To encourage financial planning and to place limits on how much music children can buy and download from iTunes, Apple offered a service called iTunes Allowances. It was an easy way to let parents deposit a set amount of money in their child’s iTunes account each month and then let the kids decide how to allocate the funds toward their entertainment.
Apple is now phasing out that program. After April 13, parents could no longer make new deposits for iTunes Allowances, noted MacRumors. The feature will officially end on May 25, 2016, so parents should set up new options for how much music their kids can get each month.
Options for Your Children after iTunes Allowances Ends
After the deadline passes, you can use Family Sharing to share access to music with your children. Parents also have the option to allocate iTunes spending money for kids by buying them iTunes Gifts.
Keep in mind that despite its name, iTunes offers more than just music. You can use it to get e-books, TV shows and movies, too.
Parents who want to control what their children are able to view or order through iTunes can keep certain purchases private (such as a movie the parents order that is inappropriate for younger viewers).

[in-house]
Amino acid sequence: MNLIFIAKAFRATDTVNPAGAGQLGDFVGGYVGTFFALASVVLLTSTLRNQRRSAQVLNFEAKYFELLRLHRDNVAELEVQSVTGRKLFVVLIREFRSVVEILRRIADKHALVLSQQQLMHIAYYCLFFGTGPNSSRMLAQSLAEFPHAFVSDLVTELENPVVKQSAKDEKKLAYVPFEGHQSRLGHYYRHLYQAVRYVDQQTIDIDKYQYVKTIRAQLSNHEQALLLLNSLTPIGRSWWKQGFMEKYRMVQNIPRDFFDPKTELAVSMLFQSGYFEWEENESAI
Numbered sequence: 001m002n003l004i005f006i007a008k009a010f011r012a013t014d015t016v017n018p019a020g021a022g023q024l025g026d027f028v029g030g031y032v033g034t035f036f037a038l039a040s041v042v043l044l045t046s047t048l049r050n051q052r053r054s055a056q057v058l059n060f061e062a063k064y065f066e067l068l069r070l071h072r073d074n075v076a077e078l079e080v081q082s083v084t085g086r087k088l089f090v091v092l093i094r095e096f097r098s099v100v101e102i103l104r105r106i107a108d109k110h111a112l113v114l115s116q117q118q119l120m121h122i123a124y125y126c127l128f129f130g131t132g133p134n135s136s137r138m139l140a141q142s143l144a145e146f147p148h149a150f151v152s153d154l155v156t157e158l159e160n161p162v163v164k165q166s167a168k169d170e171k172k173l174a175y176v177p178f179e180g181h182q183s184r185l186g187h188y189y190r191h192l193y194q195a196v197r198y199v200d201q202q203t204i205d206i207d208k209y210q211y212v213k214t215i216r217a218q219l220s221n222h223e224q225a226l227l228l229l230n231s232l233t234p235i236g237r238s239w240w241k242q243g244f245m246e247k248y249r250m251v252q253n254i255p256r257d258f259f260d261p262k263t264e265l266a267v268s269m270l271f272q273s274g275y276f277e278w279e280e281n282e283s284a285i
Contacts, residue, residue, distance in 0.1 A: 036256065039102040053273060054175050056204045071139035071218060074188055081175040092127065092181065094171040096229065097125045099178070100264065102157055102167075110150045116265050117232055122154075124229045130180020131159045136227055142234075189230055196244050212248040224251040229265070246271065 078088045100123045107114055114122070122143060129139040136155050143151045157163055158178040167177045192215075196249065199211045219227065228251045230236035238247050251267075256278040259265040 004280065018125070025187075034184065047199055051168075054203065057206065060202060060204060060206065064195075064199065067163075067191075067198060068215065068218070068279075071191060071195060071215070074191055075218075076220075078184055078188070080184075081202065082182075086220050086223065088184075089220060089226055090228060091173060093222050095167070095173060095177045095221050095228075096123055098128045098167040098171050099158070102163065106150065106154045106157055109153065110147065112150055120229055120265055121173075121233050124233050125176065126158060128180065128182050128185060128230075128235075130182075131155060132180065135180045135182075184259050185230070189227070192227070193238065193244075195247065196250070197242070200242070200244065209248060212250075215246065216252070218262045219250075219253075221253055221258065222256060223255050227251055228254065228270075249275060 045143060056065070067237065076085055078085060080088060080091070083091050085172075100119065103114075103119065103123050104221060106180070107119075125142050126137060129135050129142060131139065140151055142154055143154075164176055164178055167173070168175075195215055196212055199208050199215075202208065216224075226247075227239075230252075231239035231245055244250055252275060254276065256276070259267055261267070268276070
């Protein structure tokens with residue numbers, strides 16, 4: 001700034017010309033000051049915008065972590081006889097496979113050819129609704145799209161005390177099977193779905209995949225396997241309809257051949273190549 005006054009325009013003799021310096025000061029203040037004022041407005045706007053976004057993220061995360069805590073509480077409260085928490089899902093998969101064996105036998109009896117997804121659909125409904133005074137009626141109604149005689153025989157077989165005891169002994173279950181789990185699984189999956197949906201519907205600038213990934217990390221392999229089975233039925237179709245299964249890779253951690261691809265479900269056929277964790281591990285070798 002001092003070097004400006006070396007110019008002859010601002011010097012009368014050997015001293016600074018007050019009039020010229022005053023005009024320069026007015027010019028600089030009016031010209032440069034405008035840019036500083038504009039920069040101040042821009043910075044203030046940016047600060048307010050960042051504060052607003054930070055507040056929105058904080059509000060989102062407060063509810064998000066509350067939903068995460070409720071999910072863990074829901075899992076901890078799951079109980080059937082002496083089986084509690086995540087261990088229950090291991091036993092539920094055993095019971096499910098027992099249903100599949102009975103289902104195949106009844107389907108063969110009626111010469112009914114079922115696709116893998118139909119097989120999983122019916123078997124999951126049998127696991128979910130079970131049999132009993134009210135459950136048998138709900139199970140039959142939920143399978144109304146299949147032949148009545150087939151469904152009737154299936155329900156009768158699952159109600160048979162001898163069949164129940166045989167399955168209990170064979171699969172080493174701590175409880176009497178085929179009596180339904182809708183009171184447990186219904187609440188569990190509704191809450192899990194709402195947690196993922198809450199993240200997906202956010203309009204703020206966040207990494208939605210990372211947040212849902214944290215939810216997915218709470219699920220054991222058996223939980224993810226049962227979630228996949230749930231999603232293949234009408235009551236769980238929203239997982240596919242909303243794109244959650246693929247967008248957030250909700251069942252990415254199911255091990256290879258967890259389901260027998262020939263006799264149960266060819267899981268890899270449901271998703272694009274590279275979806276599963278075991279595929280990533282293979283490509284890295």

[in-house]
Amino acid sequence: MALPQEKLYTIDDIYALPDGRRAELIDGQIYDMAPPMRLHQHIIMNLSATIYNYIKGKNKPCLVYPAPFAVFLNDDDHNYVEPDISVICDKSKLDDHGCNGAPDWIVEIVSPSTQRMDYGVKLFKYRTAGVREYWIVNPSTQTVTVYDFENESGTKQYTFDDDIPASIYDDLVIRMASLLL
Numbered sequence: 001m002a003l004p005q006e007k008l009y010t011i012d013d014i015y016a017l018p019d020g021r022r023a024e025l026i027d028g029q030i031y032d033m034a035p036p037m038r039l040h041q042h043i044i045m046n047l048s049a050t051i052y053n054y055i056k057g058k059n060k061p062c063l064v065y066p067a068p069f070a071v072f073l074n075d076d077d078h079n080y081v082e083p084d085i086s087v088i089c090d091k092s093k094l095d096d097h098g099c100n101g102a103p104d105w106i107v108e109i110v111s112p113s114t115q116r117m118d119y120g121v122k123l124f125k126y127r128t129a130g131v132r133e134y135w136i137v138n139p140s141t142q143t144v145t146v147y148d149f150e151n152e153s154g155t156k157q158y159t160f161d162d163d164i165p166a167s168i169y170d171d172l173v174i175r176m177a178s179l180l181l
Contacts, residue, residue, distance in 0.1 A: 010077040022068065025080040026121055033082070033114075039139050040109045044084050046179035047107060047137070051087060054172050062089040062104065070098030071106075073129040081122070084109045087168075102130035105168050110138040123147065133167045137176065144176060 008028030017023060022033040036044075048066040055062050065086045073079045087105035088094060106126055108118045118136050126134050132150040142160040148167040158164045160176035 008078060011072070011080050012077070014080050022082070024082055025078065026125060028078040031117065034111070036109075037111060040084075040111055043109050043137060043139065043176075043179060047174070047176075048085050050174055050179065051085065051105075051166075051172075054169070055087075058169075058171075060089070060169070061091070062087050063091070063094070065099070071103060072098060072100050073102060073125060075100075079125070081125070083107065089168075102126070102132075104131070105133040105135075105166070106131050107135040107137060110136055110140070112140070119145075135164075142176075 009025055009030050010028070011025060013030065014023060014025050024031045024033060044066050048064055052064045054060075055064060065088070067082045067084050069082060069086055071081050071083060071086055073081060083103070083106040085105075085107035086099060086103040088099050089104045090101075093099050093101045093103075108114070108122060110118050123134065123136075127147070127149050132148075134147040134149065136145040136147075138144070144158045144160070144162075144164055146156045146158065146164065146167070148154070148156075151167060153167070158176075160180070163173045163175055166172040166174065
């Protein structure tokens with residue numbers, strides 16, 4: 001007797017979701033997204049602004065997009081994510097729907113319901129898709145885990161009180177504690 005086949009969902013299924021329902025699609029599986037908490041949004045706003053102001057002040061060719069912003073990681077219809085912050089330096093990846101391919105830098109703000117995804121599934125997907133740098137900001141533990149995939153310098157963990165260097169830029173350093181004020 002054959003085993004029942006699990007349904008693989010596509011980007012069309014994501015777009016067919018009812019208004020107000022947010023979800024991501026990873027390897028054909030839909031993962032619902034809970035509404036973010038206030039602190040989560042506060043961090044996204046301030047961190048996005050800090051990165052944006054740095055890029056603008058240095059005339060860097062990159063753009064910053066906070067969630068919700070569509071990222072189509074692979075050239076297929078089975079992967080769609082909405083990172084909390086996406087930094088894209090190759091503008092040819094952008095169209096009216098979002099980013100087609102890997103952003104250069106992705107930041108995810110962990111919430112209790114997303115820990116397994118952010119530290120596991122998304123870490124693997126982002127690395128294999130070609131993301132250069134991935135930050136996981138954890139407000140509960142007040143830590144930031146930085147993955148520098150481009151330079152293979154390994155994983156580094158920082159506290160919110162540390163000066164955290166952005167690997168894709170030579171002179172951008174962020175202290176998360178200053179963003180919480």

You can also enable the Ask to Buy for children feature, where the system will send you an alert that asks you to approve whatever your kid wants to download or stream via the iTunes store.
About Apple iTunes Allowances
Apple iTunes Allowances enabled children to pick and choose their own music to get every month, working with whatever allowance money their parents budgeted for them. Parents will need to adjust how they support their kids’ music habits, now that Apple is ending support for the service.
- No new allowances after April 13, 2016
- Apple ends support for iTunes Allowances on May 25, 2016
- Any unused allowance money will remain in the recipient’s account
- Apple recommends switching to Family Sharing and using iTunes Gifts
Establishing iTunes Allowances was an interesting way to get children accustomed to planning how to spend their entertainment dollars and parents found it useful for dispensing discretionary funds in a controlled manner. Even though you no longer have this option, you can still let your kids enjoy digital music and other online entertainment by periodically giving them iTunes gifts or by allowing them access through Family Sharing.